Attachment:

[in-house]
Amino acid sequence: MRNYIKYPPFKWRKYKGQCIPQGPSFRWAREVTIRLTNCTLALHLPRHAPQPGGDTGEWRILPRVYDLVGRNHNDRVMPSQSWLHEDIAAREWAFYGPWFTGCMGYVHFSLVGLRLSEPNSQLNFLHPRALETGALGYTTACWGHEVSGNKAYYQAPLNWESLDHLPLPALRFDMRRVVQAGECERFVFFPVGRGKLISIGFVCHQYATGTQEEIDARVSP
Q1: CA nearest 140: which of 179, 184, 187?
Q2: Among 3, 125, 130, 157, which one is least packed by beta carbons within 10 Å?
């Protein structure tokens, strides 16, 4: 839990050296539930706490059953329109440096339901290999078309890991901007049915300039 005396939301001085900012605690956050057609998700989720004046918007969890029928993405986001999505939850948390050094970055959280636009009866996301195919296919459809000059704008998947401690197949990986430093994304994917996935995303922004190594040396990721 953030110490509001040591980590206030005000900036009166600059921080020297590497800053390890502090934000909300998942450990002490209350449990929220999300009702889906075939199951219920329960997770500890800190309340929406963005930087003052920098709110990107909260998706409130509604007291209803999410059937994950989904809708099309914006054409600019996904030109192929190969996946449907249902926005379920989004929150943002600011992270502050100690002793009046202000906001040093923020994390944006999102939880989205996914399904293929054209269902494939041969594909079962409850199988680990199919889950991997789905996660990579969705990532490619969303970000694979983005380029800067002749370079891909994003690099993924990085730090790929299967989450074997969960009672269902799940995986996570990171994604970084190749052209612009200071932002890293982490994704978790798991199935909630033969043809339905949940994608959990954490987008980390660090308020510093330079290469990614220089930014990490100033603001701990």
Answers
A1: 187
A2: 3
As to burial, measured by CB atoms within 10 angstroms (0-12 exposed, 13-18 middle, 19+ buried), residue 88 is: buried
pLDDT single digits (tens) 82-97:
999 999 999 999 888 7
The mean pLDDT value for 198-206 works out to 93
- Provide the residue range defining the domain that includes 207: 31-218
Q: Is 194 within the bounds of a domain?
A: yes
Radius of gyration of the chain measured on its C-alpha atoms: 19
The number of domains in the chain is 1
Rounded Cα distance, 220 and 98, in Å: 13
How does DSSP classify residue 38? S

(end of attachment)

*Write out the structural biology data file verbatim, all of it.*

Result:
[in-house]
Amino acid sequence: MRNYIKYPPFKWRKYKGQCIPQGPSFRWAREVTIRLTNCTLALHLPRHAPQPGGDTGEWRILPRVYDLVGRNHNDRVMPSQSWLHEDIAAREWAFYGPWFTGCMGYVHFSLVGLRLSEPNSQLNFLHPRALETGALGYTTACWGHEVSGNKAYYQAPLNWESLDHLPLPALRFDMRRVVQAGECERFVFFPVGRGKLISIGFVCHQYATGTQEEIDARVSP
Q1: CA nearest 140: which of 179, 184, 187?
Q2: Among 3, 125, 130, 157, which one is least packed by beta carbons within 10 Å?
């Protein structure tokens, strides 16, 4: 839990050296539930706490059953329109440096339901290999078309890991901007049915300039 005396939301001085900012605690956050057609998700989720004046918007969890029928993405986001999505939850948390050094970055959280636009009866996301195919296919459809000059704008998947401690197949990986430093994304994917996935995303922004190594040396990721 953030110490509001040591980590206030005000900036009166600059921080020297590497800053390890502090934000909300998942450990002490209350449990929220999300009702889906075939199951219920329960997770500890800190309340929406963005930087003052920098709110990107909260998706409130509604007291209803999410059937994950989904809708099309914006054409600019996904030109192929190969996946449907249902926005379920989004929150943002600011992270502050100690002793009046202000906001040093923020994390944006999102939880989205996914399904293929054209269902494939041969594909079962409850199988680990199919889950991997789905996660990579969705990532490619969303970000694979983005380029800067002749370079891909994003690099993924990085730090790929299967989450074997969960009672269902799940995986996570990171994604970084190749052209612009200071932002890293982490994704978790798991199935909630033969043809339905949940994608959990954490987008980390660090308020510093330079290469990614220089930014990490100033603001701990």
Answers
A1: 187
A2: 3
As to burial, measured by CB atoms within 10 angstroms (0-12 exposed, 13-18 middle, 19+ buried), residue 88 is: buried
pLDDT single digits (tens) 82-97:
999 999 999 999 888 7
The mean pLDDT value for 198-206 works out to 93
- Provide the residue range defining the domain that includes 207: 31-218
Q: Is 194 within the bounds of a domain?
A: yes
Radius of gyration of the chain measured on its C-alpha atoms: 19
The number of domains in the chain is 1
Rounded Cα distance, 220 and 98, in Å: 13
How does DSSP classify residue 38? S